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Our viewpoint

How to get your
board ‘on-board’ when it comes to benefits

When I was speaking to delegates at last week’s REBA New Year Lectures, it was clear that there is a shared belief that company wide support is necessary for any benefits strategy to succeed.

  • Your objectives and expected outcomes

  • Your HR policy and processes

  • Your project stakeholders

  • Your “ideal” journey

  • Your existing benefits and categories

  • Your new benefits and initiatives

Even so, there is often a mismatch between what the benefits strategy does and what the main company board are trying to achieve for their business. This often acts as a barrier when HR professionals are trying to get buy in for changes in the benefits area (and/or budget) from their key board members.

In the land of glitzy solutions and products, often organisations forget to ask themselves “what business objectives does my benefits strategy achieve for us?”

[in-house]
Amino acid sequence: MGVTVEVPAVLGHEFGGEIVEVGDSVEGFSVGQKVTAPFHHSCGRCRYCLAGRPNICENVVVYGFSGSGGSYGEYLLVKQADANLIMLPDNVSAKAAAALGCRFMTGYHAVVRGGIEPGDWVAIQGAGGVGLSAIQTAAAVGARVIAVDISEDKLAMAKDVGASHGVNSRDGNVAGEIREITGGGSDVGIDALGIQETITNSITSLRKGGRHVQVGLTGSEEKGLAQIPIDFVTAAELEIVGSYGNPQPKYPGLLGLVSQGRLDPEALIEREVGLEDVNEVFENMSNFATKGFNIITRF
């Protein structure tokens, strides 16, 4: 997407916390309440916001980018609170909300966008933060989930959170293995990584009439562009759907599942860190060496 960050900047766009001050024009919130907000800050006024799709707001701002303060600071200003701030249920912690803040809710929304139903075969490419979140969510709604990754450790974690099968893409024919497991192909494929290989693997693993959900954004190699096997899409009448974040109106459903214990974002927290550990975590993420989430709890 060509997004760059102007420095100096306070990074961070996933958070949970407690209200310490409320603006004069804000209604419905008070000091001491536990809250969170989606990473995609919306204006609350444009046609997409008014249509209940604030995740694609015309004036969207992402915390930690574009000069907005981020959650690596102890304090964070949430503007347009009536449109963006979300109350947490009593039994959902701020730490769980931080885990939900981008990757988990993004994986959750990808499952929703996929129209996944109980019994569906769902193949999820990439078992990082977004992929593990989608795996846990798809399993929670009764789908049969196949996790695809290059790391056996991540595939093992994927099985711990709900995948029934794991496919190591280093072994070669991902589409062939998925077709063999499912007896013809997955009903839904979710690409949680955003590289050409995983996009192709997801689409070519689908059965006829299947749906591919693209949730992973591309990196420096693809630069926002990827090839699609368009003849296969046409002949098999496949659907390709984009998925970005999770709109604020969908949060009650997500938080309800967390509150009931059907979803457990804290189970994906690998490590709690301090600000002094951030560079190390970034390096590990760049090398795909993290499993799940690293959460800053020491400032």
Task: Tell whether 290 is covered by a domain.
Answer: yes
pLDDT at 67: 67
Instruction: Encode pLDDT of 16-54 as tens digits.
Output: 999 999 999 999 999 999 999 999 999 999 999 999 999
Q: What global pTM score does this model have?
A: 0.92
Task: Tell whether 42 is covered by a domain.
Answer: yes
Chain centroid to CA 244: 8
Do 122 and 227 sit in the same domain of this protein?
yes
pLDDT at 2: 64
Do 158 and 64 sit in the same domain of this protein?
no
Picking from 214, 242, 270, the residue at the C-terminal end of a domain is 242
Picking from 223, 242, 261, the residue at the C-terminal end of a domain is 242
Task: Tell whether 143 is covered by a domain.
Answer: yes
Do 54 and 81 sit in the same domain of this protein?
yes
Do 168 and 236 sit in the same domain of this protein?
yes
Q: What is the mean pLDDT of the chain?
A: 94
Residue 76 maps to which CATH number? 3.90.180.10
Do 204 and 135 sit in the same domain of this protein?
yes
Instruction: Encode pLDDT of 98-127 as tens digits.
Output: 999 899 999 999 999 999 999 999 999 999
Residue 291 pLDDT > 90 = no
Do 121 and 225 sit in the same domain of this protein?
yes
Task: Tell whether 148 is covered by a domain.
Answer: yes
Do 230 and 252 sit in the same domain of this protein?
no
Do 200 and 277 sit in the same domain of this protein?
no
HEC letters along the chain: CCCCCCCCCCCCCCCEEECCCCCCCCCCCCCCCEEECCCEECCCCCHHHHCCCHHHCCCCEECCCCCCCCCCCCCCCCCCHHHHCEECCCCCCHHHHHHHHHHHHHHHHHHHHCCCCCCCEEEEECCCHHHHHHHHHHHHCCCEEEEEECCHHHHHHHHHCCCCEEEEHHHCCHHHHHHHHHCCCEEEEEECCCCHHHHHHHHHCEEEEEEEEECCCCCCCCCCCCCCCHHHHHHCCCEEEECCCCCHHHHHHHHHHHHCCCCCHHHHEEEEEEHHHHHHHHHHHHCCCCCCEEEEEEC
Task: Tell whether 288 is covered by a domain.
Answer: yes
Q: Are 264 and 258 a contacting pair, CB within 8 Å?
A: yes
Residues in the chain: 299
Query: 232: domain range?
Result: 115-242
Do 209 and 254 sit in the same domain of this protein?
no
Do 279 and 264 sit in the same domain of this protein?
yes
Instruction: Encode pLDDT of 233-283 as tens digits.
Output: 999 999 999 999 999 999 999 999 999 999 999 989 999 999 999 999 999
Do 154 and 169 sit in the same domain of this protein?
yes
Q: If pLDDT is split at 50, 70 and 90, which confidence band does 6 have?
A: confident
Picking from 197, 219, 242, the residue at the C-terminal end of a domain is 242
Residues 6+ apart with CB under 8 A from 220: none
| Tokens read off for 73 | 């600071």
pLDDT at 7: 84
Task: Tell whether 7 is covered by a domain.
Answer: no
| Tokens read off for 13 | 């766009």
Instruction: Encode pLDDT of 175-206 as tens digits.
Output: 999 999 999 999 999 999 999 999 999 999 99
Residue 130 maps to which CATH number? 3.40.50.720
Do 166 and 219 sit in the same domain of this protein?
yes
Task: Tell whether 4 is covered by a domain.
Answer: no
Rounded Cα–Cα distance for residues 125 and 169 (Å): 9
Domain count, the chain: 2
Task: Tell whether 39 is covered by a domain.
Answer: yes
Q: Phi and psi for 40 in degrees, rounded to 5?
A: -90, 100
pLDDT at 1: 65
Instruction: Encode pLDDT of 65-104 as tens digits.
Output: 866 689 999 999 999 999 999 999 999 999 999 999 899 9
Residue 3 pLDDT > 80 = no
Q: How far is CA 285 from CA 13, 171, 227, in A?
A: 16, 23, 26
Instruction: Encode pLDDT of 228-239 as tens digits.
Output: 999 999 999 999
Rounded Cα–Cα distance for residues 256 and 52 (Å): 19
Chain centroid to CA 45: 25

One example of this mismatch we often come across is where an organisation is trying to attract new employees and a HR benchmarking exercise has revealed that a more competitive salary and benefits package is needed. However the FD has competing priorities to manage eg annual salary increase, additional costs due to re-enrolment, L&D and Living Wage costs. So, offering competitive terms and benefits to new employees may not be a priority to the FD.

So, how do you get your board members engaged and buying into your benefits strategy and objectives? We have identified six key areas that you should consider at the initial ‘pencilling out stage’. 

Considering these areas at the outset should help you to write a short, compelling story that helps the business (and later your employees) understand what’s being rewarded and recognised, why and how.

A big part of your overall business costs are people. Employers need to work out the effectiveness of their reward spend to make it more relevant to their employees and the business. HR will then be able to demonstrate itself as a strategic function that adds value to the business, rather than as an administrative department dealing with day-to-day issues.

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